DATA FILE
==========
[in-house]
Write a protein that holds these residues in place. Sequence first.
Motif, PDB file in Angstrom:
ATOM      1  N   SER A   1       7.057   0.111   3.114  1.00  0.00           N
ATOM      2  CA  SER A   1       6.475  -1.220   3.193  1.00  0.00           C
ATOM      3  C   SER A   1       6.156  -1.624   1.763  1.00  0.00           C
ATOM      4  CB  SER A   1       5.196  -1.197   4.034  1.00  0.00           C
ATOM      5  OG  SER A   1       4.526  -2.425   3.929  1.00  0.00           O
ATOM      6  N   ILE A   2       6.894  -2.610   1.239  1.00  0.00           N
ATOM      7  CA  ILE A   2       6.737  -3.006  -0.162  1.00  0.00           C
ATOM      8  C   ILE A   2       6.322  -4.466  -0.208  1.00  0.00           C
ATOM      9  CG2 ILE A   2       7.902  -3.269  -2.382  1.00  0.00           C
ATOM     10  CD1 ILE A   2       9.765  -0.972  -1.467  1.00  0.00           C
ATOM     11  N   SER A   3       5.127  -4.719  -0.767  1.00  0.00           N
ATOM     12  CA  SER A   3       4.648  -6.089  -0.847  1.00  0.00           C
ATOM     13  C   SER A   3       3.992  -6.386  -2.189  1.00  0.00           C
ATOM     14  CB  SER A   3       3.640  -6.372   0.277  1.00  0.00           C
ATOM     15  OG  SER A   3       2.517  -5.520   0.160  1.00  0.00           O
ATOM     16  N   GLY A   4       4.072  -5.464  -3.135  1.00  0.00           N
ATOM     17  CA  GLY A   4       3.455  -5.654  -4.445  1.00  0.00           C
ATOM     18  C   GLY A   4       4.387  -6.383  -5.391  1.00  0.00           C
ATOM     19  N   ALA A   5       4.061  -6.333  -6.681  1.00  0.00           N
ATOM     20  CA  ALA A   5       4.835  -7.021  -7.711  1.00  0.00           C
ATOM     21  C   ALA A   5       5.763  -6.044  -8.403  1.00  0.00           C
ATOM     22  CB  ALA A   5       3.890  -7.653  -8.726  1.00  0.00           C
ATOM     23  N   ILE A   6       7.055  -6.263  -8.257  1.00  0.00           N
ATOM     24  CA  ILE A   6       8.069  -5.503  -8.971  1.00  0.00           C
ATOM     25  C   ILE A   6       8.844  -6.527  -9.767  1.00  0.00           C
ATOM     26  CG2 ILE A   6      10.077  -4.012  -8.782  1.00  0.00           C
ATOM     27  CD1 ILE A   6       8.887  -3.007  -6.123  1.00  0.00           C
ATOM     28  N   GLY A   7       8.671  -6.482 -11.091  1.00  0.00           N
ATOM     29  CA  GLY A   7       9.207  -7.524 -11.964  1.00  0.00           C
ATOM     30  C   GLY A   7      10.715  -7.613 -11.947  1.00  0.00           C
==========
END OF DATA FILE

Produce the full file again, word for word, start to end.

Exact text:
[in-house]
Write a protein that holds these residues in place. Sequence first.
Motif, PDB file in Angstrom:
ATOM      1  N   SER A   1       7.057   0.111   3.114  1.00  0.00           N
ATOM      2  CA  SER A   1       6.475  -1.220   3.193  1.00  0.00           C
ATOM      3  C   SER A   1       6.156  -1.624   1.763  1.00  0.00           C
ATOM      4  CB  SER A   1       5.196  -1.197   4.034  1.00  0.00           C
ATOM      5  OG  SER A   1       4.526  -2.425   3.929  1.00  0.00           O
ATOM      6  N   ILE A   2       6.894  -2.610   1.239  1.00  0.00           N
ATOM      7  CA  ILE A   2       6.737  -3.006  -0.162  1.00  0.00           C
ATOM      8  C   ILE A   2       6.322  -4.466  -0.208  1.00  0.00           C
ATOM      9  CG2 ILE A   2       7.902  -3.269  -2.382  1.00  0.00           C
ATOM     10  CD1 ILE A   2       9.765  -0.972  -1.467  1.00  0.00           C
ATOM     11  N   SER A   3       5.127  -4.719  -0.767  1.00  0.00           N
ATOM     12  CA  SER A   3       4.648  -6.089  -0.847  1.00  0.00           C
ATOM     13  C   SER A   3       3.992  -6.386  -2.189  1.00  0.00           C
ATOM     14  CB  SER A   3       3.640  -6.372   0.277  1.00  0.00           C
ATOM     15  OG  SER A   3       2.517  -5.520   0.160  1.00  0.00           O
ATOM     16  N   GLY A   4       4.072  -5.464  -3.135  1.00  0.00           N
ATOM     17  CA  GLY A   4       3.455  -5.654  -4.445  1.00  0.00           C
ATOM     18  C   GLY A   4       4.387  -6.383  -5.391  1.00  0.00           C
ATOM     19  N   ALA A   5       4.061  -6.333  -6.681  1.00  0.00           N
ATOM     20  CA  ALA A   5       4.835  -7.021  -7.711  1.00  0.00           C
ATOM     21  C   ALA A   5       5.763  -6.044  -8.403  1.00  0.00           C
ATOM     22  CB  ALA A   5       3.890  -7.653  -8.726  1.00  0.00           C
ATOM     23  N   ILE A   6       7.055  -6.263  -8.257  1.00  0.00           N
ATOM     24  CA  ILE A   6       8.069  -5.503  -8.971  1.00  0.00           C
ATOM     25  C   ILE A   6       8.844  -6.527  -9.767  1.00  0.00           C
ATOM     26  CG2 ILE A   6      10.077  -4.012  -8.782  1.00  0.00           C
ATOM     27  CD1 ILE A   6       8.887  -3.007  -6.123  1.00  0.00           C
ATOM     28  N   GLY A   7       8.671  -6.482 -11.091  1.00  0.00           N
ATOM     29  CA  GLY A   7       9.207  -7.524 -11.964  1.00  0.00           C
ATOM     30  C   GLY A   7      10.715  -7.613 -11.947  1.00  0.00           C